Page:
Public Citizen Backs California in Court Battle Over Clean Car Standards
Public Citizen News / November-December 2019
By David Rosen
This article appeared in the November/December 2019 edition of Public Citizen News. Download the full edition here.
The Trump administration had no authority to revoke California’s right to regulate auto emissions standards, Public Citizen and eight environmental groups told the courts in a lawsuit filed in September. California’s right to do so has been recognized in law for decades and should remain in place, Public Citizen and the groups maintain.
President Donald Trump is trying to roll back greenhouse gas standards for automobiles nationwide that were put in place in 2012 jointly by the Obama administration and California. But California’s right to set its own standards and its commitment to maintaining the protections of the 2012 standards has stood in his way.
So in September, the National Highway Traffic Safety Administration (NHTSA) issued a rule declaring that California has no right to regulate greenhouse gas emissions from motor vehicles.
NHTSA’s rule served as the main legal basis for an action taken simultaneously by the U.S. Environmental Protection Agency (EPA) revoking a Clean Air Act waiver that allowed California to regulate greenhouse gas emissions from automobiles and require that automakers include zero emission vehicles in their fleets.
California’s emissions standards and zero emission vehicles mandate were adopted in 2012 at the same time that the EPA issued greenhouse gas emissions standards and the NHTSA issued fuel economy standards. The Clean Air Act recognizes California’s right to set these standards and allows certain other states follow them.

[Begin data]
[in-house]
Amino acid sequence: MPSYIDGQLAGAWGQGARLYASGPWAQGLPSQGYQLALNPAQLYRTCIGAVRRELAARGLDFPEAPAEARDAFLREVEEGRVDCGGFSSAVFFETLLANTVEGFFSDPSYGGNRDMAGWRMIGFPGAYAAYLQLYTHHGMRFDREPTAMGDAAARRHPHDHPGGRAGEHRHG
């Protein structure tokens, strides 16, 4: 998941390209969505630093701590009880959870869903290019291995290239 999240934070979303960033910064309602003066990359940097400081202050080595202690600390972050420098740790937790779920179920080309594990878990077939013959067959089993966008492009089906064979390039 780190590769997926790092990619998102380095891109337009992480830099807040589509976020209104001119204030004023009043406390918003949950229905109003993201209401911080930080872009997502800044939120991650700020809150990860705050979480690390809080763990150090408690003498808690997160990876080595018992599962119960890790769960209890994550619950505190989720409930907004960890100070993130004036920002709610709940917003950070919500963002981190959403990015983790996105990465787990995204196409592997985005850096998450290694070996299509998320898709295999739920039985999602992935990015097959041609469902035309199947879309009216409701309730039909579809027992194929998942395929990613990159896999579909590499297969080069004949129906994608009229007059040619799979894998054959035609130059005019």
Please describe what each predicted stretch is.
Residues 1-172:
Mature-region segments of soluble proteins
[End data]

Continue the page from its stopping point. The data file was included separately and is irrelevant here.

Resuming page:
Public Citizen and the other groups in the lawsuit are asking the U.S. District Court for the District of Columbia to throw out the NHTSA’s rule.
According to the lawsuit, the rule violates the Administrative Procedure Act, the Clean Air Act, the Energy Independence and Security Act, the Energy Policy and Conservation Act and the National Environmental Policy Act – and falls outside the scope of the statutory duties and powers of the various federal agencies named in the suit.
“We aren’t going to let California’s auto emissions standards or the existing federal standards set by the Obama administration go down without a fight,” said Scott Nelson, attorney for Public Citizen. “NHTSA has no legal basis for its actions. The climate may be heating up, but so is the legal battle. Trump wants California’s clean car standards out of the way, but he’s going to have to get through us first.”
In addition to Public Citizen, the groups that filed the lawsuit are the Center for Biological Diversity, Conservation Law Foundation, Environment America, Environmental Defense Fund, Environmental Law and Policy Center, Natural Resources Defense Council, Sierra Club and the Union of Concerned Scientists.
California and other states also have filed suit in the same court. Challenges to the EPA’s waiver revocation will follow soon.